'Fair and moral' budget to see increase in council tax
COUNCIL taxes in Swansea will rise in April after the Labour administration passed a budget described by its leader as "fair and moral".
Councillor David Phillips said the budget would tackle deprivation and improve opportunities for young people.
He said there was "no new money" or "financial trickery" in the long budget report before councillors.
And, taking aim at the Coalition Government's austerity programme, Mr Phillips said: "The financial future for this authority is bleak."
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The authority is set to spend just under £420 million next financial year, which begins on April 1, running departments such as education and social services. A smaller sum will go on building projects.
Most of the money the council spends on its day-to-day operations, including wages, comes from Westminster. Council tax payers contribute less than a quarter to this pot.
The Westminster grant is going up by 1.3 per cent, while from April 1 council tax will rise by 3.8 per cent, meaning a band D householder will pay £1,028 per year — plus a bit more due to fire and police precepts and, in some cases, community council precepts.
In 2013/14, extra spending will go towards the Dylan Thomas centenary celebrations (£500,000), waste disposal (£500,000), road safety measures at schools (£200,000), residents' parking schemes (£100,000), promoting Swansea City FC (£75,000), welfare rights advice (£60,000) and a "grow local" scheme (£50,000), among other measures.
And all of the authority's 72 councillors will be given £3,000 per year to spend on environmental improvements in their ward — three times more than previously.
But the biggest rises in the budget are due to increasing demands on social services. Providing long-term residential care for the elderly is set to cost the council £17.4 million in 2013/14, up from £14.3 million this financial year.
Providing "external" accommodation for children is set to cost £14.2 million, up from £11.1 million.
This year, social services has already overspent by £5.5 million, which will be plugged mainly by raiding a contingency fund. Education spending, meanwhile, will rise by £6 million.
Other areas will lose out next financial year. There is less money for sport and recreation, meals on wheels and property development, among others.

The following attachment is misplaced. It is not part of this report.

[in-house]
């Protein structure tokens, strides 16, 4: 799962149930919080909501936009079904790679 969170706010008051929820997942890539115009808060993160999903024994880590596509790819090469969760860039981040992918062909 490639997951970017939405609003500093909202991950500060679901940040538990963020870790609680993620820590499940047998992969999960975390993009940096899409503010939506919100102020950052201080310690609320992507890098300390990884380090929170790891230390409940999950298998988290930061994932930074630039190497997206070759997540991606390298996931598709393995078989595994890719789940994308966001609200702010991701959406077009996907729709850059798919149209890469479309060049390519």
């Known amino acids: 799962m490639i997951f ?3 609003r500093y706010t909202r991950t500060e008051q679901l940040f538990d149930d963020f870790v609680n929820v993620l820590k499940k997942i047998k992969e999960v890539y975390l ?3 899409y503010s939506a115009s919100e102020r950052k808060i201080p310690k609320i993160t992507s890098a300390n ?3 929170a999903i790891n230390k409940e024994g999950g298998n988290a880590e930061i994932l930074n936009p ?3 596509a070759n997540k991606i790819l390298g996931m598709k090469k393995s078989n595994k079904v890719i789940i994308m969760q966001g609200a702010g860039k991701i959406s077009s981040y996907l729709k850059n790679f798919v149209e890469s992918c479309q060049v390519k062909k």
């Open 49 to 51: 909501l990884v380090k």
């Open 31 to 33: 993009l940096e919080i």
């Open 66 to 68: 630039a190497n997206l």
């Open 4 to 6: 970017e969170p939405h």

Swansea Liberal Democrats, who froze council tax last year for the first time, put forward a hotly-debated amendment to slash the 3.8 per cent council tax hike by half, and proposed allocating half of the council's £250,000 bus subsidy for free travel for under-16s during the school holidays.
The Conservative group proposed reducing the 3.8 per cent increase to 2.5 per cent by shooting down administration plans for a £7.45 per hour Living Wage, due to be implemented on April 1.
The amendments were defeated.
Lib Dem councillor Mary Jones pointed out that many private sector workers did not get the equivalent of a Living Wage, and said the one-off Dylan Thomas centenary events should be funded from the reserves pot.
Mr Phillips said Labour had received a mandate from the electorate last May and felt people would welcome the budget.
"This is a fair and moral budget which reflects our drive to support people and communities in particularly difficult financial times," he said.
Lib Dem councillor Mike Day wondered if the mandate had included a 3.8 per cent council tax rise, to which Mr Phillips replied that the Lib-Dem's pre-election freeze had not got them very far.
Councillor Rob Stewart, cabinet member for finance, said: "This Labour administration has clearly delivered on what it said it would last May — over 30 manifesto commitments in a 12-month period. There will be more to come.
"This council has direction, purpose, talent, ideas, and it has the right vision for Swansea."